By / Food / January 5th, 2011 / 1

The saddest moment of summer’s end is when the grill is covered for the last time and pushed into a dark corner of the garage. If spring heralds the first smoky hint of barbecue, late fall is defined by the absence of that tantalizing aroma throughout the neighbourhood.

In truth, the piquant smell of barbecue is a call to action of unparalleled urgency, especially when we think the season is over. The very moment we close the garage door on our beloved grill, we smell the char drifting lazily on the September wind and most certainly from the direction of our pesky neighbour’s backyard. We envision the scene just beyond the garden gate. Our goofy neighbours; he in a mismatched Hawaiian shirt and oversized shorts, she bikini-clad despite the cellulite, sunglasses pushed haphazardly on top of unruly sun-bleached hair, lounging poolside, popping cold ones and forking tender morsels of juicy steak into each other’s mouths. And we are not just a little envious. We are rabid. They’re having fun! Why does everybody else get to have fun? We want to have fun too.

So we rummage through the freezer to claw out a pitiful clump of frostbitten chops. And we stomp outside to start having fun again. But first, we put the grill back together and make a run to the Depot for another tank of propane.

In truth, barbecuing is like one big neighbourhood love-in — as soon as someone fires up his grill, we must all fire up our grills. As soon as the first hickory-scented breeze rolls past our finely tuned noses, we must hasten to our own grill. We tease the blue flames with meaty drippings until we’ve created our own hickory heaven. And so it goes. Through the summer and beyond. But how far will we go?

Let’s make a pact this year, shall we? Let’s agree to barbecue until we can no longer find the grill beneath the snow, until the air is so cold that our defrosted steaks refreeze as we carry them and our aching fingers glow with fire and ice. If just one person keeps the fire going, we will all keep the fire going this September, this October and well into the ice-capped winter. Deal? Deal! OK. Now here are just a few recipes to help us all fan the eternal flame.

Grilled Rack of Lamb
Makes 4 to 6 servings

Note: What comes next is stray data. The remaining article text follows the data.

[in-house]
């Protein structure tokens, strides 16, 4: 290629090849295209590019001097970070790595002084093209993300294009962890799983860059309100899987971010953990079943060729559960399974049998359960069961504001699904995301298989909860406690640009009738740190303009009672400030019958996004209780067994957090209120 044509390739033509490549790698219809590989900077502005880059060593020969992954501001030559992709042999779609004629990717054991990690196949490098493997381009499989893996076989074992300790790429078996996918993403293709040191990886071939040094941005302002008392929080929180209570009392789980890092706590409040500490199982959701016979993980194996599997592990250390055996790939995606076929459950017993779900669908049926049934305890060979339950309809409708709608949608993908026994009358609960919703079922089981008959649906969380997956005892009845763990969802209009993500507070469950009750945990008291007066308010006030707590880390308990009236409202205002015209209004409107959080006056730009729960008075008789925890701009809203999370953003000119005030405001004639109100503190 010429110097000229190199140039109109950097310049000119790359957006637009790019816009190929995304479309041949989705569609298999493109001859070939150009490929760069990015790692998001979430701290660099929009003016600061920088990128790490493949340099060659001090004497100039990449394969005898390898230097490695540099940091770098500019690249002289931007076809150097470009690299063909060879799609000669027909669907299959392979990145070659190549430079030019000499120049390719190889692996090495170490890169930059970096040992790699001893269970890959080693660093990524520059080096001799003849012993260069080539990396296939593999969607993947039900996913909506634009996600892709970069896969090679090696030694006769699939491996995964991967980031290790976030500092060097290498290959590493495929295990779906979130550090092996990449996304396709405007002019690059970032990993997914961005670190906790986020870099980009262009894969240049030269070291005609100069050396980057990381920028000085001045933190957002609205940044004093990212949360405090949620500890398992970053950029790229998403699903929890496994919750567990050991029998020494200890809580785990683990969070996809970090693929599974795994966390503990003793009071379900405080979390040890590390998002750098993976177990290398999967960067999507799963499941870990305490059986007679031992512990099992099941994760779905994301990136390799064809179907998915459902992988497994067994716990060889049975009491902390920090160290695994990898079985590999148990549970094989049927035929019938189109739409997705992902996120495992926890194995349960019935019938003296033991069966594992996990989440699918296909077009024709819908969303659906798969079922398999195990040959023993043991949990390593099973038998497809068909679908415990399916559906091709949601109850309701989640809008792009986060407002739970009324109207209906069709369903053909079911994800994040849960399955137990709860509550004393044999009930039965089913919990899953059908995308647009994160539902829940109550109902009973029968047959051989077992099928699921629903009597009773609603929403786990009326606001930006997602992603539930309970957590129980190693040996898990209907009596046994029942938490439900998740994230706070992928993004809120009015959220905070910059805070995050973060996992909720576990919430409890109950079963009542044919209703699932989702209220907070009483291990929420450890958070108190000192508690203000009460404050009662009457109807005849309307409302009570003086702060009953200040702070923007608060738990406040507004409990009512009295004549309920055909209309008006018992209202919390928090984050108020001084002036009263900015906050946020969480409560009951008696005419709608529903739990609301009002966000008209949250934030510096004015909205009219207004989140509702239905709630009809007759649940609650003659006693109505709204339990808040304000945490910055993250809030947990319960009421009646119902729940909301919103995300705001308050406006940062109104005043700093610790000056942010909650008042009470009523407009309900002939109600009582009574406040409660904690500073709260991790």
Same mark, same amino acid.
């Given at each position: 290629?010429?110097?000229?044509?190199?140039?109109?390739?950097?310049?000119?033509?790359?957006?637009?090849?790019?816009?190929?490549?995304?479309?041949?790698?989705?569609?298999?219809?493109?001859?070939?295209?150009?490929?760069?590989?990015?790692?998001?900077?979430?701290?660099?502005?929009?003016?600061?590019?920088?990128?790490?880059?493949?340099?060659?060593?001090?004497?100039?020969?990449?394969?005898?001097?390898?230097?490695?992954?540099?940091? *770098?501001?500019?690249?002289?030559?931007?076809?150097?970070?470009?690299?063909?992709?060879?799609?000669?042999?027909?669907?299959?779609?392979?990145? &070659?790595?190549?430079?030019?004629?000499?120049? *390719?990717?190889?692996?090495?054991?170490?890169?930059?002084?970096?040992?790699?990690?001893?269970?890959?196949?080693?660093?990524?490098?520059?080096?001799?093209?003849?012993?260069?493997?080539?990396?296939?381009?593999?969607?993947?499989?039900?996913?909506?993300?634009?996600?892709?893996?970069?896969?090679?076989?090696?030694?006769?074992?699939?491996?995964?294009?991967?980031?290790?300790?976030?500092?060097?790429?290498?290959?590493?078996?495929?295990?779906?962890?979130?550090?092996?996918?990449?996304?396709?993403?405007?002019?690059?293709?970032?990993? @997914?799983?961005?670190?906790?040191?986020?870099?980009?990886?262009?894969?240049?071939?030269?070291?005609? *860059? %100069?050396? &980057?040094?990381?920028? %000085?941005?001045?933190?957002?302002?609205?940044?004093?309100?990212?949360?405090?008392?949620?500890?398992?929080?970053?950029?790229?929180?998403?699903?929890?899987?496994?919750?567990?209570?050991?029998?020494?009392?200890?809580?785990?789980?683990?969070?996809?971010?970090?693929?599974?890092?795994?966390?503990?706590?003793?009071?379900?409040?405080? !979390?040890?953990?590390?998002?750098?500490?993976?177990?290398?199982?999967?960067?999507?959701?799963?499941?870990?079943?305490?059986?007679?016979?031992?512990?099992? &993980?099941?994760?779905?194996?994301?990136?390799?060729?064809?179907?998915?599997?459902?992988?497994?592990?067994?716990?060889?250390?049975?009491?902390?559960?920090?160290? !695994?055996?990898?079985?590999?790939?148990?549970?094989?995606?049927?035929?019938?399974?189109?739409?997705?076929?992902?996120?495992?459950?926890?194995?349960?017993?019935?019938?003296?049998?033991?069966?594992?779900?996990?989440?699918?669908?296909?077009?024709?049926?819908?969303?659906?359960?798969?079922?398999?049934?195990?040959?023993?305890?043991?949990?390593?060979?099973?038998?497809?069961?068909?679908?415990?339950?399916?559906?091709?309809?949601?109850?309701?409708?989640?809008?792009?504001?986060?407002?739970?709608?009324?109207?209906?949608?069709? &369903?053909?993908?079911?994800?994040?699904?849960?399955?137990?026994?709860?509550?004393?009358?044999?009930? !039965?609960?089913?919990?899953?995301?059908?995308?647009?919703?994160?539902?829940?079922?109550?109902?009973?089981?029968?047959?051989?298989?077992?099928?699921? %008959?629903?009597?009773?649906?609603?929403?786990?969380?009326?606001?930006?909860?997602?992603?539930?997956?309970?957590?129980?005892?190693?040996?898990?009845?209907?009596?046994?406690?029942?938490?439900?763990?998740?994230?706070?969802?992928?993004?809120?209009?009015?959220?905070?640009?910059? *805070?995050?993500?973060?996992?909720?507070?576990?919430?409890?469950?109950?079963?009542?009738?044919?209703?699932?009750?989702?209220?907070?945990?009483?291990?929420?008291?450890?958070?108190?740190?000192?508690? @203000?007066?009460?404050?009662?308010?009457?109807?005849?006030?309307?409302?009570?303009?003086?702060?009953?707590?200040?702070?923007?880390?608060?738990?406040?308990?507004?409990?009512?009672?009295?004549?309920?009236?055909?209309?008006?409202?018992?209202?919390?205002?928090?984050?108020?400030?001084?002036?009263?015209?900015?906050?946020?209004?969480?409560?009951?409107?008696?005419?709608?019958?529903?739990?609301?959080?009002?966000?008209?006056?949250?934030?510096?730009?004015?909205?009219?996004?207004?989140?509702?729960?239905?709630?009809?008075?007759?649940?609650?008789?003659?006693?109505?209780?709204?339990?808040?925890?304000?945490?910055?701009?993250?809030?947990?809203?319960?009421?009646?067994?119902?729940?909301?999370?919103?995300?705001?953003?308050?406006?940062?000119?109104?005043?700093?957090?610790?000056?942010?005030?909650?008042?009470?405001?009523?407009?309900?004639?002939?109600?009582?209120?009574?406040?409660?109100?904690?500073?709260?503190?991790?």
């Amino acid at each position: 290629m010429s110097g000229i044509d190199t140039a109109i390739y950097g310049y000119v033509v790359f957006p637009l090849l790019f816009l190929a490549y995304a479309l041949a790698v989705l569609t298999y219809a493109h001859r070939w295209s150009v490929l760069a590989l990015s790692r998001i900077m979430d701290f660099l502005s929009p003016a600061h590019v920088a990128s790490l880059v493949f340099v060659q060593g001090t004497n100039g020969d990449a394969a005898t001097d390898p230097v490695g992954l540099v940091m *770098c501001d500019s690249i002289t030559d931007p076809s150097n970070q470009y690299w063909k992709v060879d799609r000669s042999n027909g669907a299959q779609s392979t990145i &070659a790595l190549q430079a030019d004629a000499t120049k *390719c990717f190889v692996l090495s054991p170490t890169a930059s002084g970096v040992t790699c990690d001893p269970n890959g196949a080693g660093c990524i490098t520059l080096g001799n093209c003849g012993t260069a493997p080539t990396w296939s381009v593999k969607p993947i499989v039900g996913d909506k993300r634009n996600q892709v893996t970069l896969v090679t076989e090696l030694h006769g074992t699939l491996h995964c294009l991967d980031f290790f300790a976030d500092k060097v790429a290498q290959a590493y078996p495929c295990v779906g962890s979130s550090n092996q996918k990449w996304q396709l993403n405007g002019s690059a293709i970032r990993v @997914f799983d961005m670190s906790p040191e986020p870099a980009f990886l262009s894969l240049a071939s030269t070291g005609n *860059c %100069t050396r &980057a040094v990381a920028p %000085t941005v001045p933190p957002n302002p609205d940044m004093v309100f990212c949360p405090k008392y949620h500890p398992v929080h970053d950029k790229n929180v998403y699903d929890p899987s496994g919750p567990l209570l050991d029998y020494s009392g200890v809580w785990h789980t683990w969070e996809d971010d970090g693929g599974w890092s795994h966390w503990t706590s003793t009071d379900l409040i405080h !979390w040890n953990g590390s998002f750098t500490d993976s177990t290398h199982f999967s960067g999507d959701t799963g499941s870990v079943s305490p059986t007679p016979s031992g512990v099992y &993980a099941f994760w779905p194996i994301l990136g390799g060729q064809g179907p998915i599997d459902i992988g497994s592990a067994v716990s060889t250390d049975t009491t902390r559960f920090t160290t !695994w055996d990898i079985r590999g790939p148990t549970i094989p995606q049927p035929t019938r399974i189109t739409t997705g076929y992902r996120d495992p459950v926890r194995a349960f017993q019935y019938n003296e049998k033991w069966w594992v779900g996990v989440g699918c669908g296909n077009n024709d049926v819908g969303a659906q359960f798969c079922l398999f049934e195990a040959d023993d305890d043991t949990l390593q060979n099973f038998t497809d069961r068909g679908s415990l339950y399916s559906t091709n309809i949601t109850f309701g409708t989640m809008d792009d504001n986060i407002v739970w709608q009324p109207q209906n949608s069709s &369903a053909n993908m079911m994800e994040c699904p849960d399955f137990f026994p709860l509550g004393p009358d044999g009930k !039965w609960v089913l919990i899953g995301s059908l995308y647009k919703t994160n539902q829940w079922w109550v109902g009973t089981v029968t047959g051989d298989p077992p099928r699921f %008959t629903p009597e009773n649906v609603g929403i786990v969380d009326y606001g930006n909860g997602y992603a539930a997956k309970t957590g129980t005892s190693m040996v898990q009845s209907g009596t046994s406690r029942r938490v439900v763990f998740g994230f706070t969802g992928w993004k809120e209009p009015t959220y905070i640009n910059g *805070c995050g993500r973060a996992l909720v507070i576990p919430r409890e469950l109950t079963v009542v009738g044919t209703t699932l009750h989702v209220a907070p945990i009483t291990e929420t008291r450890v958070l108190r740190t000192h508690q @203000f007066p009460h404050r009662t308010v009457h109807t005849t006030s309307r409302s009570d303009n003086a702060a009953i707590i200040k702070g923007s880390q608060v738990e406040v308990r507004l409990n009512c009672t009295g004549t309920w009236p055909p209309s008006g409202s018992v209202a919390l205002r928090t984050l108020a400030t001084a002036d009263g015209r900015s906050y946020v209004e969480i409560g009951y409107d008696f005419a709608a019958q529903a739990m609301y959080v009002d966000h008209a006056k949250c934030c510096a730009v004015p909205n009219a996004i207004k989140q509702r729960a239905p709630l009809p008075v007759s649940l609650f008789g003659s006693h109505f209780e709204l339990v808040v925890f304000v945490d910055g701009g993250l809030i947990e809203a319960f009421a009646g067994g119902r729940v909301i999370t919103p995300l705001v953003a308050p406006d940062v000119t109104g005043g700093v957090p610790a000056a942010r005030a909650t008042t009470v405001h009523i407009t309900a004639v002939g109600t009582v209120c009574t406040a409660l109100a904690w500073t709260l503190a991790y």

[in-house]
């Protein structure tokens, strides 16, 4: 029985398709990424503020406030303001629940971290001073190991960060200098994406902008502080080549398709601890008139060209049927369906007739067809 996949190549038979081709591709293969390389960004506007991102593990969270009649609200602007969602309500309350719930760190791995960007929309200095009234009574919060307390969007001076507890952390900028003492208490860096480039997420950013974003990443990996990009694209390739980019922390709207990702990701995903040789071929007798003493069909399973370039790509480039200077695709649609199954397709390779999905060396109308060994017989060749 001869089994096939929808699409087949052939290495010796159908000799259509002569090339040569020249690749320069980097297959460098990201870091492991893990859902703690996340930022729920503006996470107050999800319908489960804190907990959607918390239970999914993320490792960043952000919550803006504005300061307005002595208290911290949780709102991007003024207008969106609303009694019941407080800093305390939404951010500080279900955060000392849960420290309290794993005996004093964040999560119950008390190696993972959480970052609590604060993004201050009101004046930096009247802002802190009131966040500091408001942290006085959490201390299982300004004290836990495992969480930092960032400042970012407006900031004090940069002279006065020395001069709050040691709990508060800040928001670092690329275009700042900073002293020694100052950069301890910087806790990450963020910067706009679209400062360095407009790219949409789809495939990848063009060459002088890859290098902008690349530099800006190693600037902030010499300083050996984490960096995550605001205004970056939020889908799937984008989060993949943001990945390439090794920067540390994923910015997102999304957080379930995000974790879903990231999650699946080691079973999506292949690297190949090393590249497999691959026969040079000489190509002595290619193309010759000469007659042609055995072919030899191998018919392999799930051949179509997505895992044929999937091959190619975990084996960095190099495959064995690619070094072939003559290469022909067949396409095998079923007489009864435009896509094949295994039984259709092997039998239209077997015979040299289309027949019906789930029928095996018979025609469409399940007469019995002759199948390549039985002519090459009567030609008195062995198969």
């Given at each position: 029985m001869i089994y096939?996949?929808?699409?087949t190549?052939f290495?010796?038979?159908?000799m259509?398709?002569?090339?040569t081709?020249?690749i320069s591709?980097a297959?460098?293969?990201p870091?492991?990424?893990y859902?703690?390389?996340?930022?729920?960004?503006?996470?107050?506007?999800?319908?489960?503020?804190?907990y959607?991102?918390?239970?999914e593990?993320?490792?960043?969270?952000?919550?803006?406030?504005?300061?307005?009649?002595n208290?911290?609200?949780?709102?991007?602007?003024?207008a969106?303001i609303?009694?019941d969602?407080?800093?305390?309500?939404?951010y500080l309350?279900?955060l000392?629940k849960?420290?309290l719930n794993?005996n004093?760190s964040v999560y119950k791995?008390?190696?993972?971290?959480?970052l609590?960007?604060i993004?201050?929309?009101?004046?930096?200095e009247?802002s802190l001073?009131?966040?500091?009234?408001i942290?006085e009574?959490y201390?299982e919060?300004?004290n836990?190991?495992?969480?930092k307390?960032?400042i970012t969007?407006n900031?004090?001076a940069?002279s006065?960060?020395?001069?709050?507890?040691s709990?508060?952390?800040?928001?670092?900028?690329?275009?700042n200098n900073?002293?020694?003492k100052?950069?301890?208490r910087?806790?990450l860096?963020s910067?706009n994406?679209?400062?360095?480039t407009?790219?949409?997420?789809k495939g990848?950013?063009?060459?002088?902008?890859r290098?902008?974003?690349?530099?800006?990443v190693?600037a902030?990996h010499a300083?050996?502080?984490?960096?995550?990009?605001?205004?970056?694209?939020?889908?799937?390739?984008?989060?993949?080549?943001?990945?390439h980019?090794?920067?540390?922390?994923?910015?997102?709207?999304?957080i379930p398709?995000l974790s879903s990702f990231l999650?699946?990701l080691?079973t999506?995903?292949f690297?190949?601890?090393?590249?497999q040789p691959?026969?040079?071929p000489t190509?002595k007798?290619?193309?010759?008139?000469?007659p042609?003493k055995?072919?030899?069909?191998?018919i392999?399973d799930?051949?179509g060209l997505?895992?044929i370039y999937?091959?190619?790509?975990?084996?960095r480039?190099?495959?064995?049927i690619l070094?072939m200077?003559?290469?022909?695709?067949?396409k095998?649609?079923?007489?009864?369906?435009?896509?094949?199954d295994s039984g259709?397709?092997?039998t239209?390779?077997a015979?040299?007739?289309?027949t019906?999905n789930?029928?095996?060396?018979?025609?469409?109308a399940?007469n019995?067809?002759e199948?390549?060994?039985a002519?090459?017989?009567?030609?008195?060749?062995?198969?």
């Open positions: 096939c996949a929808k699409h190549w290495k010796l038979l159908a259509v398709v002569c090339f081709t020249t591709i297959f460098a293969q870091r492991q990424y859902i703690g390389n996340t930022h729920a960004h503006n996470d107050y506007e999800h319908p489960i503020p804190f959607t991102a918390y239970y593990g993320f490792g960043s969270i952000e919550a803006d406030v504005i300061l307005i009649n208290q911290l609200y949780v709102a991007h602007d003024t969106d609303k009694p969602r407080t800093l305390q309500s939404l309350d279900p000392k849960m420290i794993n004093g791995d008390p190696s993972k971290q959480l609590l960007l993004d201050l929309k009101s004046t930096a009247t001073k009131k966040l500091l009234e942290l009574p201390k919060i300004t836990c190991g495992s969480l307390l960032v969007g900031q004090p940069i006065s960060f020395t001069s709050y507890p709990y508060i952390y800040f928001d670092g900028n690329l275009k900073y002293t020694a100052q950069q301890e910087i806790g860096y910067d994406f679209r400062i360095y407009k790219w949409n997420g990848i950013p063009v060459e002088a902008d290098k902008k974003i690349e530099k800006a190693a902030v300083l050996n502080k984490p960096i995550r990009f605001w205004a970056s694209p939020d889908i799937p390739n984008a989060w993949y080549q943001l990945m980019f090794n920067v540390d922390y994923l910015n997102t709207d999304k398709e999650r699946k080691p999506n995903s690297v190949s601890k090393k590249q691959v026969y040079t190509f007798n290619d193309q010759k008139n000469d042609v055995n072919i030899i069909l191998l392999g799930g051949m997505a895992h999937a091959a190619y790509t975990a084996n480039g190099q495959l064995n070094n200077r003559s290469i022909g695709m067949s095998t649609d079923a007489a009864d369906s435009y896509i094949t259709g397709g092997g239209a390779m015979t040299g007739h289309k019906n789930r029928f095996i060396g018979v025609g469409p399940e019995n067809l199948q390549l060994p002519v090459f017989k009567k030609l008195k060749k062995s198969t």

2 racks of lamb
2 cloves garlic, pressed
3 tbsp Dijon mustard
1 tbsp herbes de Provence
Preheat gas grill.

1. Pat the lamb dry. Cut into 8 double-chop portions. Sprinkle with salt and pepper.
2. In a small bowl, mix the garlic, mustard and herbs. Spread over both sides of lamb.
3. Place the lamb over medium heat. Cover and grill 8 minutes, turn and grill for about 4 to 6 minutes longer for medium rare (130˚F). Remove lamb and let sit for 5 minutes before serving.
For the wine, take it all the way to Provence with a red or rosé Cote d’Aix-en-Provence or Bandol.

Ron’s Roasted Red Potatoes
Serves 6

My friend Ron roasts red potatoes in the oven while he tends to the grilling outdoors. These are luscious in a roasty, toasty way and go well with the lamb recipe or grilled steak. To ensure he makes them often, I planted fresh chives in his backyard.

6 large red potatoes
Olive oil
Kosher salt
Sour cream
Fresh snipped chives
1. Preheat oven to 350˚F. Wash and pierce potatoes. Place olive oil in a bowl. Roll each potato in the olive oil.
2. Place directly on the oven rack (slide a baking sheet under the rack to catch any drippings). Sprinkle with salt. Roast for 1 hour and 20 minutes or until tender.
3. Serve with sour cream and fresh snipped chives.

Flank Steak with Chimichurri Sauce
Serves 4 to 6

Chimichurri is a spicy pesto that is so popular in Argentina it’s as ubiquitous on South American tables as ketchup is on North American tables. Flank steak is best when cooked medium rare and thinly sliced.

1 flank steak (1 1/2 – 2 lbs)
Olive oil
Chimichurri Sauce
2 cups parsley
3/4 cup olive oil
5 cloves garlic
3 tbsp sherry vinegar
3 tbsp fresh lemon juice
2 tbsp chopped shallot
1 tsp kosher salt
1/2 tsp pepper
1/2 tsp hot red chili flakes